icon Facebook icon Reddit icon Tumblr icon Mastodon icon RSS icon

Snp 2.10 Uṭṭhānasutta: Get Up!

Get up and meditate!
What’s the point in your sleeping?
How can the afflicted slumber
when injured by an arrow strike?

Get up and meditate!
Train hard for peace!
The King of Death has caught you heedless—
don’t let him fool you under his sway.

Needy gods and humans
are held back by clinging:
get over it.
Don’t let the moment pass you by.
For if you miss your moment
you’ll grieve when sent to hell.

Negligence is always dust;
dust follows right behind negligence.
Through diligence and knowledge,
pluck out the dart from yourself.

Read this translation of Snp 2.10 Uṭṭhānasutta: Get Up! by Bhikkhu Sujato on Or read a different translation on or Or listen on Or explore the Pali on

Or read a translation in Deutsch, Afrikaans, Čeština, Français, Indonesian, Italiano, မြန်မာဘာသာ, Nederlands, Norsk, Português, Русский, සිංහල, or தமிழ். Learn how to find your language.

Dhp 144–5 From… Daṇḍavagga: The Rod

Can a person constrained by conscience
be found in the world?
Who shies away from blame,
like a fine horse from the whip?

Like a fine horse under the whip,
be keen and full of urgency.
With faith, ethics, and energy,
immersion, and investigation of principles,
accomplished in knowledge and conduct, mindful,
give up this vast suffering.

Read the entire translation of Dhammapada 129–145 Daṇḍavagga: The Rod by Bhikkhu Sujato on Or read a different translation on,,, or Or listen on Or explore the Pali on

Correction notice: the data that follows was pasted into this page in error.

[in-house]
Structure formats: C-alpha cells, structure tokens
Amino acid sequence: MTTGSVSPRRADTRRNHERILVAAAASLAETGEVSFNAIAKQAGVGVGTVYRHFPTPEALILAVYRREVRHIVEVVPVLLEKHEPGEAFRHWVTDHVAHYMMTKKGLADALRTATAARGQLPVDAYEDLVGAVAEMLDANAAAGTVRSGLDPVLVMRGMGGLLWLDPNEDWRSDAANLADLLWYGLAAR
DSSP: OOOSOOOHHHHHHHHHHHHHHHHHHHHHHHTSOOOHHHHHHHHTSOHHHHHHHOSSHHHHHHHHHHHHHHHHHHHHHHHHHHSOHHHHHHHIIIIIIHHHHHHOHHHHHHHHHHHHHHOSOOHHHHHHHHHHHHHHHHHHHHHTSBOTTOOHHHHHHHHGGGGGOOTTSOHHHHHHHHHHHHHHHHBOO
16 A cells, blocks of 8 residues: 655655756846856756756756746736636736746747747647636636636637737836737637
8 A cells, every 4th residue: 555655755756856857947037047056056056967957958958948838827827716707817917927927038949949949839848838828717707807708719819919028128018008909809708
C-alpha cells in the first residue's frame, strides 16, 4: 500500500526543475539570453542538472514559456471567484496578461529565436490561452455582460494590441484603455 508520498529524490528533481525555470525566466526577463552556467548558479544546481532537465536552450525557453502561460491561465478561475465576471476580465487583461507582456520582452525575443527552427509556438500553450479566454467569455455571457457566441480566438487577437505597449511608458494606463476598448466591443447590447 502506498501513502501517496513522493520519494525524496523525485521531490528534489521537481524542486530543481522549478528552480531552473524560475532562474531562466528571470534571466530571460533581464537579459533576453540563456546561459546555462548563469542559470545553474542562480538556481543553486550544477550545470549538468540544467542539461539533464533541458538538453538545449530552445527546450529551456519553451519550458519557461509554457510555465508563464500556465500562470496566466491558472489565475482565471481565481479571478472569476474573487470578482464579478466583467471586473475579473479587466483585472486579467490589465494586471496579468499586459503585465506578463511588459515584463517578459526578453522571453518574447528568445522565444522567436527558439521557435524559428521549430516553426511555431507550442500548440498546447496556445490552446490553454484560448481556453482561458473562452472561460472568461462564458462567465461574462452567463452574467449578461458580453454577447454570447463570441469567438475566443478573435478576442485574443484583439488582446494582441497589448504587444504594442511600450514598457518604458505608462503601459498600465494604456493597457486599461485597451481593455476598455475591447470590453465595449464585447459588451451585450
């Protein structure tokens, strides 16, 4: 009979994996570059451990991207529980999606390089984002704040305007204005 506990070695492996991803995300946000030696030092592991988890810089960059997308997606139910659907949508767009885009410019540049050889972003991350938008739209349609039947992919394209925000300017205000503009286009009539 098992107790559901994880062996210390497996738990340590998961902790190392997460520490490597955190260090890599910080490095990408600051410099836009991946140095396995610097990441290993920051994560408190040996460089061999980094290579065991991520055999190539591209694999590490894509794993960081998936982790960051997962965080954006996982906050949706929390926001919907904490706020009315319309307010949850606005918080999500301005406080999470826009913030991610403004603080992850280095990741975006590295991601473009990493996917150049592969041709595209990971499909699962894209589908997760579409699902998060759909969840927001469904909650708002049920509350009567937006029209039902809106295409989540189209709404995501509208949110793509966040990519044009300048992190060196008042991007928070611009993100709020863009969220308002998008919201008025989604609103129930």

Or read a translation in Deutsch, Tiếng Việt, Català, Čeština, Español, Français, Hebrew, Magyar, Italiano, 日本語, Latine, मराठी, မြန်မာဘာသာ, Nederlands, Norsk, Polski, Português, සිංහල, Slovenščina, தமிழ், or 汉语. Learn how to find your language.

SN 9.13 Pākatindriyasutta: Undisciplined Faculties

At one time several mendicants were staying in the Kosalan lands in a certain forest grove. They were restless, insolent, fickle, scurrilous, loose-tongued, unmindful, lacking situational awareness and immersion, with straying minds and undisciplined faculties.

The deity haunting that forest had compassion for those mendicants, and wanted what’s best for them. So they approached those mendicants wanting to stir them up, and addressed them in verse:

“The mendicants used to live happily,
as disciples of Gotama.
Desireless they sought alms;
desireless they used their lodgings.
Knowing that the world was impermanent
they made an end of suffering.

But now they’ve made themselves hard to look after,
like chiefs in a village.
They eat and eat and then lie down,
unconscious in the homes of others.

Having raised my joined palms to the Saṅgha,
I speak here only about certain people.
They’re rejects, with no protector,
just like those who have passed away.

I’m speaking about
those who live negligently.
To those who live diligently
I pay homage.”

Impelled by that deity, those mendicants were struck with a sense of urgency.

Read this translation of Saṁyutta Nikāya 9.13 Pākatindriyasutta: Undisciplined Faculties by Bhikkhu Sujato on Or listen on or Or explore the Pali on